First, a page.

Dear accidental reader,
be careful now: this is strictly for writers. It’s not called ‘Falling Into Hugeness‘ for no reason and you need to pay special attention now to see if you want to go on reading it at all. Yes, now.
I repeat my warning: this is strictly for writers and writers only.
If you are not a writer, do not read beyond this line. Do not read further.
_______________________________ [this is the line I’ve been talking about all along. It really exists, you see, I wasn’t kidding. This is serious business.]
If you did read beyond this line anyway and are not a writer, you may need to revisit your livelihood.
Now consider this:
It may just be that by regarding yourself a writer you will enter a new dimension of being on this Earth that brings you happiness and fulfilment way beyond your wildest dreams.
An additional advantage of continuing your life’s journey as a writer is that you’re not stuck with your wildest dreams but you can write about them. Or you can write about people, call them characters, who have those dreams. Or you can write about characters who write about people having those dreams. As you can see, your mind can get pretty frazzled. That’s a risk you might want to take.
In any case, now that you’ve crossed the line, even if you let yourself off the hook by saying: “This guy tricked me into reading things I didn’t really need to hear or want to hear”, there’s no going back.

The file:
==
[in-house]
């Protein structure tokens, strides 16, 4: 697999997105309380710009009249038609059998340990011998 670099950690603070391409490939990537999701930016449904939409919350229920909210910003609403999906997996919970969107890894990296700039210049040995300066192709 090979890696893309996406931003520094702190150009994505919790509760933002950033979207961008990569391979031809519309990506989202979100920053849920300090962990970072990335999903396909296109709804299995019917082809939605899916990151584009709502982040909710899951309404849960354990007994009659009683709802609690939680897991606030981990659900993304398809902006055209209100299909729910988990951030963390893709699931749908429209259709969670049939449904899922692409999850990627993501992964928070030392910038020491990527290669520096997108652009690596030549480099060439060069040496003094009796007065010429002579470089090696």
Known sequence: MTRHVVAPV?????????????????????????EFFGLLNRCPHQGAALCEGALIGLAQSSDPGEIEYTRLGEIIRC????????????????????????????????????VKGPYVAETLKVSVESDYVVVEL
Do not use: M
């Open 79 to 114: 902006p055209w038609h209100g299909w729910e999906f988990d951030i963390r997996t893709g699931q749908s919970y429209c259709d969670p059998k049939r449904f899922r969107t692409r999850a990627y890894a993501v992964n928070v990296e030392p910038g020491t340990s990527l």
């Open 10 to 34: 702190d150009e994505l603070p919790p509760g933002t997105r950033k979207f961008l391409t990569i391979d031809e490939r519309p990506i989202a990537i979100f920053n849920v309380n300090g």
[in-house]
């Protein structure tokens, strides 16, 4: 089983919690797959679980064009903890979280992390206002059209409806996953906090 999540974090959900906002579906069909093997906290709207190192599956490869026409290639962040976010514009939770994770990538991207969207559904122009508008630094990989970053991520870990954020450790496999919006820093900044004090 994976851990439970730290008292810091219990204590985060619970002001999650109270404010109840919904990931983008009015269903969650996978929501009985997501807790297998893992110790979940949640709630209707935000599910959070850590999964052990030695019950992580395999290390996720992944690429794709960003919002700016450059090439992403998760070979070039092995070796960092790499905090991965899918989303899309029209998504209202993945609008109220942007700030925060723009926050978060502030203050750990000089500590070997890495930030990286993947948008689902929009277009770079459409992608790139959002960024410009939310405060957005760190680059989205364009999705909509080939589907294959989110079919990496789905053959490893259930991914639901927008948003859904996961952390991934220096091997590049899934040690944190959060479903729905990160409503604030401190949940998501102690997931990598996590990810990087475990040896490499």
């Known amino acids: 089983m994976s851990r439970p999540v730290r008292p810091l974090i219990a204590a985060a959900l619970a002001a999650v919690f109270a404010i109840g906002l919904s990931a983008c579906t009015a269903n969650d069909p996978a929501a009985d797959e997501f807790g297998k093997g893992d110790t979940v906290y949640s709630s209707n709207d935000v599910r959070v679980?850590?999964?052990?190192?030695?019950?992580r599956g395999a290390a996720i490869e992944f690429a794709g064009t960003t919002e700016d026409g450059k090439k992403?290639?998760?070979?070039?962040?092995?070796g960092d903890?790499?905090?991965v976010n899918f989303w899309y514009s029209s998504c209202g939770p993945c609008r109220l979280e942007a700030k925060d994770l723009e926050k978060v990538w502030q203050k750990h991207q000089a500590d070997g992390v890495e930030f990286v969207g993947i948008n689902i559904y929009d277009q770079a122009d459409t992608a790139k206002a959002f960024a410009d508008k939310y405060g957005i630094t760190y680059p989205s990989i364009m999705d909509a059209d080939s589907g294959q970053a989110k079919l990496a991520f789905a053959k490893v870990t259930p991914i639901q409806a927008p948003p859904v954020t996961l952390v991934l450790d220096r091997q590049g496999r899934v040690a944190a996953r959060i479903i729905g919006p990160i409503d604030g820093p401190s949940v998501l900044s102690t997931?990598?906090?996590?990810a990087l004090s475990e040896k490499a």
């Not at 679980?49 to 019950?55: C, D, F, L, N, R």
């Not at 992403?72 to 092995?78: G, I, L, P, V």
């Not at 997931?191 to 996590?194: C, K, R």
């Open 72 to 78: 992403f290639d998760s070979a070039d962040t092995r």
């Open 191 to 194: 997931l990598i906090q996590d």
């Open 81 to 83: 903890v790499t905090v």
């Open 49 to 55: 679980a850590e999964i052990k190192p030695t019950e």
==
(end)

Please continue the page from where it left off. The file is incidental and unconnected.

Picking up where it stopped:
That’s the incredible beauty of this method. It’s life-altering if you like it or not. This wasn’t a story at all, you see, it was a magical potion.
Miraculously, it’s the same with anything that you write: it’s going to change the universe and the way things are after you wrote it.
Drop me a note from wherever you are, my friend. Let me know how you’re treating yourself. Whatever you do, illluminate the riddle.
[Published in Mark Reep’s wonderful, now defunct, Ramshackle Review issue 3. Wrote this after giving a whole lecture on coaching which is how I make part of my living. I must’ve been in a missionary mindset. The other bit of background is an interview with Cynthia Ozick in the Paris Review from which I borrowed two marvelous expressions: “to illuminate the riddle” and “I was afraid of ever again falling into hugeness.” — A question that has always interested me: whom am I talking to when I write? This piece in particular was written in the small hours, I was tired, ill, fed up with everything but writing. I turned to my inner missionary for inspiration. Or perhaps I just felt like it. Yeah.]
© 2010 Marcus Speh. All rights reserved.